‘Gender &’ Research Brief Series

AfP is pleased to share the ‘Gender &’ Research Brief Series, which aims to foster the practical integration of the twin objectives of gender equality and peace.

Read the series.

Traditional thinking dictates that security is a masculine endeavor: war is waged and won by men without the involvement of women. Decades of advocacy from women across the globe upended this paradigm, culminating in the passage of UN Security Council Resolution 1325 (UNSCR 1325), which recognized the unique burden women carry during war and codified the importance of women’s participation at all stages of peace processes. As we approach the twenty-year anniversary of UNSCR 1325, it is time to take stock of what has been achieved, what issues persist, and what comes next.

Over 60 countries have created national strategies to ensure women’s participation in peace and security processes; peacebuilding initiatives from examining the role of masculinities in violence in Myanmar to strengthening young female peace activists’ leadership skills in Pakistan have helped realize these norms in practice. A peace agreement is 35 percent more likely to succeed when women are involved in its negotiations and from Liberia to Indonesia to Northern Ireland, women have proven their efficacy as peacebuilders. Yet, the focus of most policies and programs remain on the protection of women during war and the inclusion of women in processes following war, rather than sustained and comprehensive efforts to bolster gender parity to prevent war.

The paradigm for gender inclusion has essentially been, “add women and stir”, but the link between gender equality and positive peace runs deeper than representation. Gender inequality is one of the most accurate predictors of state fragility and conflict. Though we lack empirical evidence of directional causation, the intellectual jump is not a difficult one. Violence against women is symptomatic of tolerance for violence. Laws and norms that discriminate against women indicate a society’s willingness to discriminate. To maximize the effectiveness of peacebuilding, we must understand how our programming can serve women and reform the systems of injustice that undermine their equality.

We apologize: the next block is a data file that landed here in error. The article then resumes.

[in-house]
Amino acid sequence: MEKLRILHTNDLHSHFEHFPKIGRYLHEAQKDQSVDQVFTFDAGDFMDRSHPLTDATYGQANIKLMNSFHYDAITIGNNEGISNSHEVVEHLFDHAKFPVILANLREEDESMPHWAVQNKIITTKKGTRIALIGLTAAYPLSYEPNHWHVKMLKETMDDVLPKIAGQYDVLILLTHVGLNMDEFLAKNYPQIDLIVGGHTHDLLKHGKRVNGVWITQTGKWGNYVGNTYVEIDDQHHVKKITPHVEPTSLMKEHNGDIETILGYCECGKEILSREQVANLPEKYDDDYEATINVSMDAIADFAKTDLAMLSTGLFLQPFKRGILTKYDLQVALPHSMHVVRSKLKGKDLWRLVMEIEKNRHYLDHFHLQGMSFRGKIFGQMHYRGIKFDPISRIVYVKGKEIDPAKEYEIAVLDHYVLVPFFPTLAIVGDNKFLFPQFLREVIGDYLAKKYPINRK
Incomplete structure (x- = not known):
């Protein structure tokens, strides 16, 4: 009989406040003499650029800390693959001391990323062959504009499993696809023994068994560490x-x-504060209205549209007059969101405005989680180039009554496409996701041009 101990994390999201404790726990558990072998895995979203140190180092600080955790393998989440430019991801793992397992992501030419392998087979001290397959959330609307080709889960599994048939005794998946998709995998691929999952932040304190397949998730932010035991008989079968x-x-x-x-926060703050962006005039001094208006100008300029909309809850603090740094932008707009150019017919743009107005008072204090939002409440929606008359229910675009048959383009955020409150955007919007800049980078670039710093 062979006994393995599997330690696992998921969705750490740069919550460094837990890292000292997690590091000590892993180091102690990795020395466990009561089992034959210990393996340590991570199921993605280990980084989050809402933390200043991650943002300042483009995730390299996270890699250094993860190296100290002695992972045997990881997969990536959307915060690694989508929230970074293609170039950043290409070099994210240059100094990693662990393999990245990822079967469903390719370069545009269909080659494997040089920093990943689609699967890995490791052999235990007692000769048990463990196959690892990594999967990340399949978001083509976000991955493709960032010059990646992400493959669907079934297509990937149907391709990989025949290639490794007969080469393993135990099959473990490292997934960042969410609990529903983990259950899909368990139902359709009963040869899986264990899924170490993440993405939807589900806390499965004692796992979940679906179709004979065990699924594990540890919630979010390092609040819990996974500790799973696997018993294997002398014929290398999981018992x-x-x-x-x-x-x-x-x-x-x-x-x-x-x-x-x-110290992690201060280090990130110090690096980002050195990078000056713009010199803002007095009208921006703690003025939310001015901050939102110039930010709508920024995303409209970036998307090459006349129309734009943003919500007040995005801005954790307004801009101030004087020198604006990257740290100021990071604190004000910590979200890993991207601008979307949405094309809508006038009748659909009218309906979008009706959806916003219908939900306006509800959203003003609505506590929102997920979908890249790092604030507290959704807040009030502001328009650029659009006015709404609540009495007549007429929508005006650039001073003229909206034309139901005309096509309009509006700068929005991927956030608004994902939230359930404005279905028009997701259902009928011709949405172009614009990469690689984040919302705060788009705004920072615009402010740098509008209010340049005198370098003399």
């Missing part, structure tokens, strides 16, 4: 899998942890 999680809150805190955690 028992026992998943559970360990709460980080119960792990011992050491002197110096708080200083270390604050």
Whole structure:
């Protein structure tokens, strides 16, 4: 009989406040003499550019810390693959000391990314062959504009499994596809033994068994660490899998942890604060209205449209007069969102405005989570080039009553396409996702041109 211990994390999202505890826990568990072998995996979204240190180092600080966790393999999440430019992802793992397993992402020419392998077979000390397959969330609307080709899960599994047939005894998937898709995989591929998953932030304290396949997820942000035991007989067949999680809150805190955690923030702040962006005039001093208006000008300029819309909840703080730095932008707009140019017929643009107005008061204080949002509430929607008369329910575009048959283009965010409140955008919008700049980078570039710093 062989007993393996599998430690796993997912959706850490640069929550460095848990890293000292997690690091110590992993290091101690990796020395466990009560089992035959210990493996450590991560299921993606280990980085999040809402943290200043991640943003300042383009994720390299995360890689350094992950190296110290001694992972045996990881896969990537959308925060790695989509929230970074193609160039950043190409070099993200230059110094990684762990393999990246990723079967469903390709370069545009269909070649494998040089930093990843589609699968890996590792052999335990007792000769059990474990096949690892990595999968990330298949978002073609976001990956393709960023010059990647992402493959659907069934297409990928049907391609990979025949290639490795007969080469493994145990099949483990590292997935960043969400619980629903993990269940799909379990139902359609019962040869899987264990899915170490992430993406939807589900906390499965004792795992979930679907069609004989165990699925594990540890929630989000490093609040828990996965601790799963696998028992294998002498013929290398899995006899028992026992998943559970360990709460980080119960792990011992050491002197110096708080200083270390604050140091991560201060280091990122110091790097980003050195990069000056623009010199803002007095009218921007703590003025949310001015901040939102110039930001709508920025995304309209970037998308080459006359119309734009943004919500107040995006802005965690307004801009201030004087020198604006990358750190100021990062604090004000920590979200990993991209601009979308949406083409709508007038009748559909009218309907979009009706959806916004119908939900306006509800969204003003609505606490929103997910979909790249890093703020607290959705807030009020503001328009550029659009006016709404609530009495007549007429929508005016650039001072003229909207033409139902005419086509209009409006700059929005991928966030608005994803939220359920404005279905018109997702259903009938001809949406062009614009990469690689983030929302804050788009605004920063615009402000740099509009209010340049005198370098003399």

Resources that give guidance on gender-aware approaches to peacebuilding and groundbreaking research on the nexus of women’s security and national security have brought us closer to programming for women, rather than including women into programming designed for men. Peacebuilding programs recognize the importance of women’s participation and are beginning to incorporate a gendered analysis into each phase of design, implementation, and monitoring and evaluation. But we still have further to go; peacebuilding programs must state gender equality as a core goal and program toward it from the outset.

The Alliance for Peacebuilding developed the ‘Gender &’ Research Brief series to move the field toward programming that not only amplifies the voice and participation of women in peacebuilding, but also addresses the power structures that foster gender inequality.

Drawing on the work of our membership, each brief will:
• Draw connections between gender equality and peacebuilding
• Highlight examples of programs that have united gender equality and peacebuilding work
• Provide practical recommendations for the field

The series includes briefs on:
• Atrocity Prevention
• Countering Violent Extremism
• Fragility, Conflict, & Violence
• Nonviolent Action
• Social Enterprise for Peace